Other than the key & eraser on the pen, XP-Pen Artist Pro 16TP has no other hot keys, so you need to have a keyboard on the side to switch between different tool and use shortcuts. Having a small keyboard on the side can be convenient for that. You can also use certain shortcut devices you can program as you like. I plan on trying that on a WiiMote as I mentioned earlier. Using the touch function can also help with the lack of hot keys.
Since XP-Pen Artist Pro 16TP comes with 2 fully functional USB-C ports. Thanks to that, there are many ways to connect it to your computer. I have made few experiment with different configurations & computers, and I was quite amused by the flexibility of having the two ports, as opposed to the old way of having to connect 2-3 different cables in a specific way. Each USB-C ports is quite flexible, it can supply data, display signal & power, all at the same time. The nice thing is, they can supply power to & from XP-Pen Artist Pro 16TP. This flexibility is tempting me to buy USB-C cable extensions to the cables longer. That way, I could move my XP-Pen Artist Pro 16TP around & draw anywhere in my room. I know this works quite well with USB-A & HDMI extensions, since I did that before, so it’s interesting to see that happen with the thinner & more flexible USB-C.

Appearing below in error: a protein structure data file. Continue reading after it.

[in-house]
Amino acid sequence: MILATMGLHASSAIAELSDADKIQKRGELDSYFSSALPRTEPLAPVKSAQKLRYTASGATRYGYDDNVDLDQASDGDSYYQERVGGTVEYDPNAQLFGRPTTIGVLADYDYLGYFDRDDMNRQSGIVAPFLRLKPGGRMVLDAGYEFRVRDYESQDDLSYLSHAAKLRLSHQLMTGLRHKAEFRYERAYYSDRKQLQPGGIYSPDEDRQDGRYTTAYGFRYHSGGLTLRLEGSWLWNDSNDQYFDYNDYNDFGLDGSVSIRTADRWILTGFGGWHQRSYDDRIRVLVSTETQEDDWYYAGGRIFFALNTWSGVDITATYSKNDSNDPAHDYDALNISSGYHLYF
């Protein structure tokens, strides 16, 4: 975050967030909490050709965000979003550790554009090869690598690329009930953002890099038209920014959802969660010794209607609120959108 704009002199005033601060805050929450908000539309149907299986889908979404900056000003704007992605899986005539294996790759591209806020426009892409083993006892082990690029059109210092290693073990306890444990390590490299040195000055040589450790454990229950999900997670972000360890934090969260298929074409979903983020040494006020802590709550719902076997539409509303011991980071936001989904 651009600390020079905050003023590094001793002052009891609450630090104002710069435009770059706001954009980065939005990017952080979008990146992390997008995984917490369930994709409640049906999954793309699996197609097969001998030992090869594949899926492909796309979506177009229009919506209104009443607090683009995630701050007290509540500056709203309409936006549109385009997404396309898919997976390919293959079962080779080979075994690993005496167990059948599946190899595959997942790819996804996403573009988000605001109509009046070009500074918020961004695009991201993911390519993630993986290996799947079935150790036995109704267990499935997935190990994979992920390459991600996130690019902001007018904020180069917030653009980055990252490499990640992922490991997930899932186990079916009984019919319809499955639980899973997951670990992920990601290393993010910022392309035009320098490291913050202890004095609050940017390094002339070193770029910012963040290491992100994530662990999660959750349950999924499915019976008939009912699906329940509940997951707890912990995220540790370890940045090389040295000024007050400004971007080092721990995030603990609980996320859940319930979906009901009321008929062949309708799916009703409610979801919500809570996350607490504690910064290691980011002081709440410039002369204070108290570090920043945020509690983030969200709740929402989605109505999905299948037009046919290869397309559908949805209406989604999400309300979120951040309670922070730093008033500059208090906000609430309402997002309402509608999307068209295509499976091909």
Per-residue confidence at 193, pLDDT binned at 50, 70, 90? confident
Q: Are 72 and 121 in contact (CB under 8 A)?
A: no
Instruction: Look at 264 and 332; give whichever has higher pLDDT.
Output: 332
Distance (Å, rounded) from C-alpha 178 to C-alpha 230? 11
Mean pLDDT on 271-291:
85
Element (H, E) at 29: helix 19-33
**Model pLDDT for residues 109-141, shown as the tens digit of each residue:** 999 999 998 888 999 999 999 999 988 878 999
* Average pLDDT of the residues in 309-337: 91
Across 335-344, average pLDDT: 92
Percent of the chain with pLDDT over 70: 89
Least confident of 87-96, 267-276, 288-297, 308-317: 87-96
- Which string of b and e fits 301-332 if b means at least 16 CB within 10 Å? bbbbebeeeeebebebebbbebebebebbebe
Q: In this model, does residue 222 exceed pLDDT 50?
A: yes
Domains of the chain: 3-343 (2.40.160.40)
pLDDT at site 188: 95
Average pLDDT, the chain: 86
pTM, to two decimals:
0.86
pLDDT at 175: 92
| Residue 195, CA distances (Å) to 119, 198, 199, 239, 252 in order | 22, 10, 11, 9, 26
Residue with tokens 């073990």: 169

Right below, I have listed the experiments that worked for me. I also listed some experiments that didn’t work, but could work if I had the right computer or port. You can do almost any of the configurations below using the cables that come with XP-Pen Artist Pro 16TP. In one or two specific cases, I have brought a cable on my own.
This is the default configuration most people are likely going to use. Specially for those who don’t have USB-C port with alternate mode (the kind that supports display signal). All I did was to connect XP-Pen Artist Pro 16TP to the power adapter for power, then I connected it to the computer using the 2-in-1 cable.
Connecting XP-Pen Artist Pro 16TP Using The 2-In-1 Port, And Use The USB-C To Get Power From The Computer Instead Of Power Adapter